Resting State Hypoconnectivity of Reward Networks in Binge Eating Disorder

Ann F. Haynos, Jazmin Camchong, Carolyn M. Pearson, Jason M. Lavender, Bryon A. Mueller, Carol B. Peterson, Sheila Specker, Nancy Raymond, Kelvin O. Lim

Research output: Contribution to journalArticlepeer-review

Abstract

The clinical presentation of binge eating disorder (BED) and data emerging from task-based functional neuroimaging research suggests that this disorder may be associated with alterations in reward processing. However, there is a dearth of research investigating the functional organization of brain networks that mediate reward in BED. To address this gap, 27 adults with BED and 21 weight-matched healthy controls (WMC) completed a multimodel assessment consisting of a resting functional magnetic resonance imaging scan, behavioral tasks measuring reward-based decision-making (i.e., delay discounting and reversal learning), and self-report assessing clinical symptoms. A seed-based approach was employed to examine the resting state functional connectivity (rsFC) of the striatum (nucleus accumbens [NAcc] and ventral and dorsal caudate), a collection of regions implicated in reward processing. Compared with WMC, the BED group exhibited lower rsFC of striatal seeds, with frontal regions mediating executive functioning (e.g., superior frontal gyrus [SFG]) and posterior, parietal, and temporal regions implicated in emotional processing. Lower NAcc-SFG rsFC was associated with more difficulties with reversal learning and binge eating frequency in the BED group. Results suggest that hypoconnectivity of striatal networks that integrate self-regulation and reward processing may promote the clinical phenomenology of BED. Interventions for BED may benefit from targeting these circuit-based disturbances.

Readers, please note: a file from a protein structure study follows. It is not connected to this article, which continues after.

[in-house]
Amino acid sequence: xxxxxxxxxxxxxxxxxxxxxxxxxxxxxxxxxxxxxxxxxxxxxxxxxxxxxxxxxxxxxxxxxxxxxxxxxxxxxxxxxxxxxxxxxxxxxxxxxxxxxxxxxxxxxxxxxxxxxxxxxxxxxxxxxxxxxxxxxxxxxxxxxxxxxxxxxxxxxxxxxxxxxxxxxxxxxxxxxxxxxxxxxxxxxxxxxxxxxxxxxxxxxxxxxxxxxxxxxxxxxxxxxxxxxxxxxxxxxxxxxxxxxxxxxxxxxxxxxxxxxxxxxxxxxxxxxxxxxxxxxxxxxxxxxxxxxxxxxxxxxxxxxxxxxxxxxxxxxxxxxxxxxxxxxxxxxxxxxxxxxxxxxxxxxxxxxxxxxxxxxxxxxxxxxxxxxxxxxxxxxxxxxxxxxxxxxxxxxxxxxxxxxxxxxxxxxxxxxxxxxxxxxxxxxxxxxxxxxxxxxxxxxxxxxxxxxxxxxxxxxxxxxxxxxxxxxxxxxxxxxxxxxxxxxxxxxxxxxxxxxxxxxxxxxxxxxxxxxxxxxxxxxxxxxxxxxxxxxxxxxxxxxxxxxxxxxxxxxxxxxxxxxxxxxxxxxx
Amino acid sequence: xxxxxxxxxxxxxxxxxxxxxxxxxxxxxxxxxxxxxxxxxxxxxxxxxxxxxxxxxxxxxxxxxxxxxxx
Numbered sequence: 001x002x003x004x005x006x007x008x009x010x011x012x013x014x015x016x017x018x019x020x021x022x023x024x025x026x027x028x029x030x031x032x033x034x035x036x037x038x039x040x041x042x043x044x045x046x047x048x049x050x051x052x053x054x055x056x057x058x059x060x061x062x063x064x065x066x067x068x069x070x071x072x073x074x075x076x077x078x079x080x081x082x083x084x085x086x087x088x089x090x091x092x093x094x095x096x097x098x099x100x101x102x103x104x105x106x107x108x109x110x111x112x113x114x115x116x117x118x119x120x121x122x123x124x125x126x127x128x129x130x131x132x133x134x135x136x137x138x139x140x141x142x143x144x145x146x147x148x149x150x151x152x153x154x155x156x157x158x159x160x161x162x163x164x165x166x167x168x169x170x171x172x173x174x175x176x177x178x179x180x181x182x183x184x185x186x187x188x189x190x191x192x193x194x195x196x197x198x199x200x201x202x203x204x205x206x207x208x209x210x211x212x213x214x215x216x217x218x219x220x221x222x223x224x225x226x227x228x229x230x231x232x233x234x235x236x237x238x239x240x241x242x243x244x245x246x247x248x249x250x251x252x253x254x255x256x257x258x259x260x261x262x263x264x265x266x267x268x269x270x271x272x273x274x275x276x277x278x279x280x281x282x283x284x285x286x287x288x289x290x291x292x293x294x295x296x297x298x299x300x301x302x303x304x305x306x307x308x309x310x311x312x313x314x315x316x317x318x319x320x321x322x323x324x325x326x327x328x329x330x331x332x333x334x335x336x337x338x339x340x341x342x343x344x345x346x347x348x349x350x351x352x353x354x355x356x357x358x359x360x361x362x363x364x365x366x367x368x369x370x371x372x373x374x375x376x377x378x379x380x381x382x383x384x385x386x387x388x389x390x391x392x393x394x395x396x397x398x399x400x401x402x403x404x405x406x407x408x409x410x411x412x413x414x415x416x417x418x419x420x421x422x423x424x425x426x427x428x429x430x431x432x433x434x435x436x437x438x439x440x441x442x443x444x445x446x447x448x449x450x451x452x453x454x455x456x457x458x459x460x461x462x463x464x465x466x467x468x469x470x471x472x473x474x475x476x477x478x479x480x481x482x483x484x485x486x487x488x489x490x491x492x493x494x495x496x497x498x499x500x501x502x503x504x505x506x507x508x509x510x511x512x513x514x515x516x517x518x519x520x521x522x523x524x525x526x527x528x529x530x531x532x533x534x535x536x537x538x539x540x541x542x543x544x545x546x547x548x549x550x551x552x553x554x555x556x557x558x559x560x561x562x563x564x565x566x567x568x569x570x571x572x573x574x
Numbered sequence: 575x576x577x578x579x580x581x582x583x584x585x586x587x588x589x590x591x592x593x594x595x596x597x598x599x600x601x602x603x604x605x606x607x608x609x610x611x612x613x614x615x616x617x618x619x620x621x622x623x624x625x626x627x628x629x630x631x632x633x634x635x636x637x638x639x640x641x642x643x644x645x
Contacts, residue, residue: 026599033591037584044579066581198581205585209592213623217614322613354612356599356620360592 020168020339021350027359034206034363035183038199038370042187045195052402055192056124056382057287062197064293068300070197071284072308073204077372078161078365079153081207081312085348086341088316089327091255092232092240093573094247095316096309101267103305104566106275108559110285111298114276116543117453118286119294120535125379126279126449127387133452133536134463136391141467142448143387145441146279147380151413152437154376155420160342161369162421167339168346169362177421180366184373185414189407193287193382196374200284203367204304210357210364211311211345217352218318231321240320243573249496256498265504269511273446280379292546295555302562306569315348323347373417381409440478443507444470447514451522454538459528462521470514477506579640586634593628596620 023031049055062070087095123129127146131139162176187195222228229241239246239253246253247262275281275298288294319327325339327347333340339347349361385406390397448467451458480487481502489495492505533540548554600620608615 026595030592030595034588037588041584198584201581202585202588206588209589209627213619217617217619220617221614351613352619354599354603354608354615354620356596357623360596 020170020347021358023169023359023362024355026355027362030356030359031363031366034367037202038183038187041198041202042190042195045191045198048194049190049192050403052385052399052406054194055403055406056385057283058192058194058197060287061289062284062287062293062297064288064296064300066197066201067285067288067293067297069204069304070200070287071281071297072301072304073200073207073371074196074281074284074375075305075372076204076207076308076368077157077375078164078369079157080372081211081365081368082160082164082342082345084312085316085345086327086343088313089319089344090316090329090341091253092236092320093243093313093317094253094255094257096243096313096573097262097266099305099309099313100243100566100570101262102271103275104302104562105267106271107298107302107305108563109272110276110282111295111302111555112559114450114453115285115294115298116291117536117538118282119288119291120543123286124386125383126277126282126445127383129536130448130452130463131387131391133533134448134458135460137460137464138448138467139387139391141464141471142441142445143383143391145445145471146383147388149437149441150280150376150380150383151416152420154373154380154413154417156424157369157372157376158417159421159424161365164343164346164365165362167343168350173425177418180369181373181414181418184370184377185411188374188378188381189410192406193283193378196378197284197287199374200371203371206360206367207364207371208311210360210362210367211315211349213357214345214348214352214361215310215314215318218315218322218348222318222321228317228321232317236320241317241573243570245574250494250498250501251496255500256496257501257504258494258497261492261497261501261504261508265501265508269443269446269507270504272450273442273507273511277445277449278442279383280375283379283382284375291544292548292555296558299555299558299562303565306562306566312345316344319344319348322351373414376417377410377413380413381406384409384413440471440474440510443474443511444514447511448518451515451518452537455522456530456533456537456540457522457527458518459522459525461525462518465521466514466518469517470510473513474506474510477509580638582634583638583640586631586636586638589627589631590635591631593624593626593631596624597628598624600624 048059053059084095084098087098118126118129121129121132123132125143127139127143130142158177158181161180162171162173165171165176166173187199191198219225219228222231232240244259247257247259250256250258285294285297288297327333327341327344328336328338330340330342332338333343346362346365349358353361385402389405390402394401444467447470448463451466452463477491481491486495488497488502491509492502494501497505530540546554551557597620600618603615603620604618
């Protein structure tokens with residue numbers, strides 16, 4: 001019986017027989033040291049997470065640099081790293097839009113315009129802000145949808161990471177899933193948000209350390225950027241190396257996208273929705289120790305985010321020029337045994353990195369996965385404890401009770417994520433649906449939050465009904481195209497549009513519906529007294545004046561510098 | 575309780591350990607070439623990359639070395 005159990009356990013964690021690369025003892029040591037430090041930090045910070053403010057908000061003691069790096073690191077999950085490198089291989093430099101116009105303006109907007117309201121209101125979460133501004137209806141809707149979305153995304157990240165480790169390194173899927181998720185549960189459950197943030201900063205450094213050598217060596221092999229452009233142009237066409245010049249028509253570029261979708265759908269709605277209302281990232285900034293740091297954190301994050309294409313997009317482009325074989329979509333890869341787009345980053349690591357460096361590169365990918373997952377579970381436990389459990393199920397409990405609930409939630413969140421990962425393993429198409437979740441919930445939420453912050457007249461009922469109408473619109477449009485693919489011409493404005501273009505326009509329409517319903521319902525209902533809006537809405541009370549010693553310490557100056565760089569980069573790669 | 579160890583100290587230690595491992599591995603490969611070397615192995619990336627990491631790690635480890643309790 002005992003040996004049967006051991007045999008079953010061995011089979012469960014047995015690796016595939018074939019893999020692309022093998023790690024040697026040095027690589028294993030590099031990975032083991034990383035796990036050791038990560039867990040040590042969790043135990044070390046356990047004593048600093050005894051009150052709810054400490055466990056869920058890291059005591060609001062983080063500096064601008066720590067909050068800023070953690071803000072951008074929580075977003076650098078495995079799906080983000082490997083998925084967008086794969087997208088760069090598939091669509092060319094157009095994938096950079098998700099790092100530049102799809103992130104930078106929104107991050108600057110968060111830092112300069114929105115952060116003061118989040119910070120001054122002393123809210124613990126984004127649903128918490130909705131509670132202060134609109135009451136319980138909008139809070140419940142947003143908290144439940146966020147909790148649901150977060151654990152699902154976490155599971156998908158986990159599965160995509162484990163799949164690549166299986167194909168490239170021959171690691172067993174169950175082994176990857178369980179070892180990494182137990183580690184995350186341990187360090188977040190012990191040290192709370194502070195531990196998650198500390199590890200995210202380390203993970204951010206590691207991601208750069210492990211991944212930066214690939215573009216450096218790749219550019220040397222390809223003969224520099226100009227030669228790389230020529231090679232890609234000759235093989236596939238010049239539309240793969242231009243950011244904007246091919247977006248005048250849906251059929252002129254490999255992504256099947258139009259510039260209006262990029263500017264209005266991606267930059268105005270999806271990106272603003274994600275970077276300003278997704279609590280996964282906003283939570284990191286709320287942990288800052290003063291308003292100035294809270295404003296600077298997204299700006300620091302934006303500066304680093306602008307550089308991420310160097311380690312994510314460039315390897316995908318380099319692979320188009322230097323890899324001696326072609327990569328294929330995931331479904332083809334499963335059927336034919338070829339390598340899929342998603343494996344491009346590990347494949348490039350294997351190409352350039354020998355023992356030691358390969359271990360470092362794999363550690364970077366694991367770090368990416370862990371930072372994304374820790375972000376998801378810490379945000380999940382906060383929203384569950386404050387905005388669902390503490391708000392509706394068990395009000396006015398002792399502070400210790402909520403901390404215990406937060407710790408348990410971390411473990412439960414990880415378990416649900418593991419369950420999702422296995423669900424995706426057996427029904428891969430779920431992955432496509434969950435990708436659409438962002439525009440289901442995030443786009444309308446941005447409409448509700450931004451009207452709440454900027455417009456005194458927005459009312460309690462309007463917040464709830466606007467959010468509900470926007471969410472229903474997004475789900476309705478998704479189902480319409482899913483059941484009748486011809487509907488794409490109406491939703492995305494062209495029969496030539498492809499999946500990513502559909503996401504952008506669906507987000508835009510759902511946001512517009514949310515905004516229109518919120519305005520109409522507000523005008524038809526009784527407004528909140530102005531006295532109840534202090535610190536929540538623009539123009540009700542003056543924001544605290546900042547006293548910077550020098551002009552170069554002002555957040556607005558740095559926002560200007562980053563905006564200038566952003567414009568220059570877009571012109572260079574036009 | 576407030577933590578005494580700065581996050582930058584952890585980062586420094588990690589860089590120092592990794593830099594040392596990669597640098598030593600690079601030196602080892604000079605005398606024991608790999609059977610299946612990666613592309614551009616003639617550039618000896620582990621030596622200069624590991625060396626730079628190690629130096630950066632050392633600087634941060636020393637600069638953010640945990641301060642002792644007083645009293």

Original languageEnglish (US)
Pages (from-to)2494-2504
Number of pages11
JournalCerebral Cortex
Volume31
Issue number5
DOIs
StatePublished - Mar 31 2021

Bibliographical note

Funding Information:
National Institute of Health (grants R01DA038984, P20DA024196, KL2TR000113, K23MH112867, K23MH101342, and T32MH082761).

Publisher Copyright:
© 2021 The Author(s).

Keywords

  • binge eating
  • caudate
  • nucleus accumbens
  • resting state functional connectivity
  • reward

PubMed: MeSH publication types

  • Journal Article

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